Richard Jewell offers audiences one of the more gripping looks at sensationalism and what is deemed now as “fake news.” It’s easy to dismiss a narrative like just a well written Hollywood creation, but the idea that this occurred makes it in some respects a horror film. The idea of one thought or even the appearance of another could snowball into a whole country condemning another seems very foreign (but it happened right here in the good ole USA). Part of the genius of Eastwood’s latest project and Billy Ray’s narrative was the focus of Richard Jewell. The film is much more about the mechanisms which drive media and the power of perception. Atlanta wasn’t fully prepared for the scale of hosting an Olympics, and the response following a bomb going off in Centennial Park shows this. The public demanded answers, FBI officials felt the pressure and journalist Kathy Scruggs (Olivia Wilde) pointed the world in Jewell’s direction.
What everyone will be discussing after seeing Richard Jewell is the performances of Kathy Bates and Paul W Hauser. Bates is near perfect as Jewell’s mother Bobi while Hauser is flawless in the title role. This really shouldn’t come as a massive shock to anyone who has looked at his body of work (especially I Tonya). Hauser’s performance is the textbook definition of a breakout. The veteran actor shows how Jewell’s naive nature and a deep-rooted belief in doing what’s right at times made matters worse for him. If only the community, the authorities, and The Atlanta Journal-Constitution had felt the same way.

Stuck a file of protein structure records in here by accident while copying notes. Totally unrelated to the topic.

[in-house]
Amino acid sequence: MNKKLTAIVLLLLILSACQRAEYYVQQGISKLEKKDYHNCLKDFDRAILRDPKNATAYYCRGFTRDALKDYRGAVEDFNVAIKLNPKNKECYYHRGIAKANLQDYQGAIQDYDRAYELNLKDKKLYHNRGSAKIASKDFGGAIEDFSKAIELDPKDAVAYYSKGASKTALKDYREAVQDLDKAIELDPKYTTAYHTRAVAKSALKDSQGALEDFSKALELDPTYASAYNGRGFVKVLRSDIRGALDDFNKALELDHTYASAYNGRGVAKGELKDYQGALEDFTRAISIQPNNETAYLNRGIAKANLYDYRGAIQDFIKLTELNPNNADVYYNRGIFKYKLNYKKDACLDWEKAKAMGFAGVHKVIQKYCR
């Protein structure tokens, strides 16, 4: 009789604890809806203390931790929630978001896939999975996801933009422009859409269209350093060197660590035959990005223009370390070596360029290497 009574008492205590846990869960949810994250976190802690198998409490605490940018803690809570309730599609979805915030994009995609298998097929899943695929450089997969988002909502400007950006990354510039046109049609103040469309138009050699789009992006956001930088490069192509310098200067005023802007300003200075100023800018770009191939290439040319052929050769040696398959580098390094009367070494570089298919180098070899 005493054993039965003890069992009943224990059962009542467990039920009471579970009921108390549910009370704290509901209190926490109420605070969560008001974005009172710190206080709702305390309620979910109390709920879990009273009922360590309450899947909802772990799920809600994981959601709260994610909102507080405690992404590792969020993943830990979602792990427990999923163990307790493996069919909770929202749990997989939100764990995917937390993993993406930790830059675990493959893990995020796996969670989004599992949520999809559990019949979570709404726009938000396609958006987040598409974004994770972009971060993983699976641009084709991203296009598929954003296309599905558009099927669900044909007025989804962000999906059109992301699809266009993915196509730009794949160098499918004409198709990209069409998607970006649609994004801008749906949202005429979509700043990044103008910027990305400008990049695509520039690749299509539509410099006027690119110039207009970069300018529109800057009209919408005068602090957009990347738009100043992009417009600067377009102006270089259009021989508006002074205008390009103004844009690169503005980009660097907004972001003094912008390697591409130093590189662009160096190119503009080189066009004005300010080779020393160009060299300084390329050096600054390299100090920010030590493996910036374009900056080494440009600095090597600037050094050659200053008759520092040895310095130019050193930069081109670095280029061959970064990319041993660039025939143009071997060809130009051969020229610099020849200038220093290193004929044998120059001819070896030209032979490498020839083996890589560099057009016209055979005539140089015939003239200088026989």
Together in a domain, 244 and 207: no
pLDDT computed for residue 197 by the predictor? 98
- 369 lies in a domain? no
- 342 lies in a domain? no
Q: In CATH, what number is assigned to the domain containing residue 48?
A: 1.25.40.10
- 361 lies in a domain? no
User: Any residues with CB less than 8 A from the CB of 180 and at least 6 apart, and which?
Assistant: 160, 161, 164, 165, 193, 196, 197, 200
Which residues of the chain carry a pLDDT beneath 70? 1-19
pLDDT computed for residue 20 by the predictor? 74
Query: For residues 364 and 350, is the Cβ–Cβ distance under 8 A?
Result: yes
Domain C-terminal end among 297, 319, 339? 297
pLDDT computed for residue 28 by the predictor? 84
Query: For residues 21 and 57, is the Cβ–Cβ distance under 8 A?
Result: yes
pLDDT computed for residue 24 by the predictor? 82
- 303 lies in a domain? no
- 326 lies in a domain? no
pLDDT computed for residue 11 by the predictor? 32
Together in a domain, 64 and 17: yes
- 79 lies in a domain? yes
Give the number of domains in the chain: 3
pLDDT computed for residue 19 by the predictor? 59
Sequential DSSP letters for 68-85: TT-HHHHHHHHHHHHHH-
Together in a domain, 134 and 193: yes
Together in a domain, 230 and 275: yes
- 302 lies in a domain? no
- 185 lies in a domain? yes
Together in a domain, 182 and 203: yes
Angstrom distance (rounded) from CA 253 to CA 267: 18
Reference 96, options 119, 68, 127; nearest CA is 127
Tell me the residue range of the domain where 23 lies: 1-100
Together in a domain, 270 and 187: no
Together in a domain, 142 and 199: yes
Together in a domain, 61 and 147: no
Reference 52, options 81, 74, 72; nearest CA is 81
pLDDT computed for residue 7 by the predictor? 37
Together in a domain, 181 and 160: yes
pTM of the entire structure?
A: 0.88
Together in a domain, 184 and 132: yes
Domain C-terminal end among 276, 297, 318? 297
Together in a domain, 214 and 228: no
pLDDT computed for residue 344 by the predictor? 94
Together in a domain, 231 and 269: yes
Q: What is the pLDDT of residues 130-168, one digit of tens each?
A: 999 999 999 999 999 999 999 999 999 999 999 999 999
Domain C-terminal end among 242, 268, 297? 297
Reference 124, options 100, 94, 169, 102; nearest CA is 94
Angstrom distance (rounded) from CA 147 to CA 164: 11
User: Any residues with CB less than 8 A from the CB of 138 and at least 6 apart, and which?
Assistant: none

Overall, Richard Jewell is a fantastic film and a stark reminder of the dangers of rushing to judgment. Some might see it as a condemnation of the media, but it’s more an honest look at a few individuals who crafted a false narrative for the world to consume.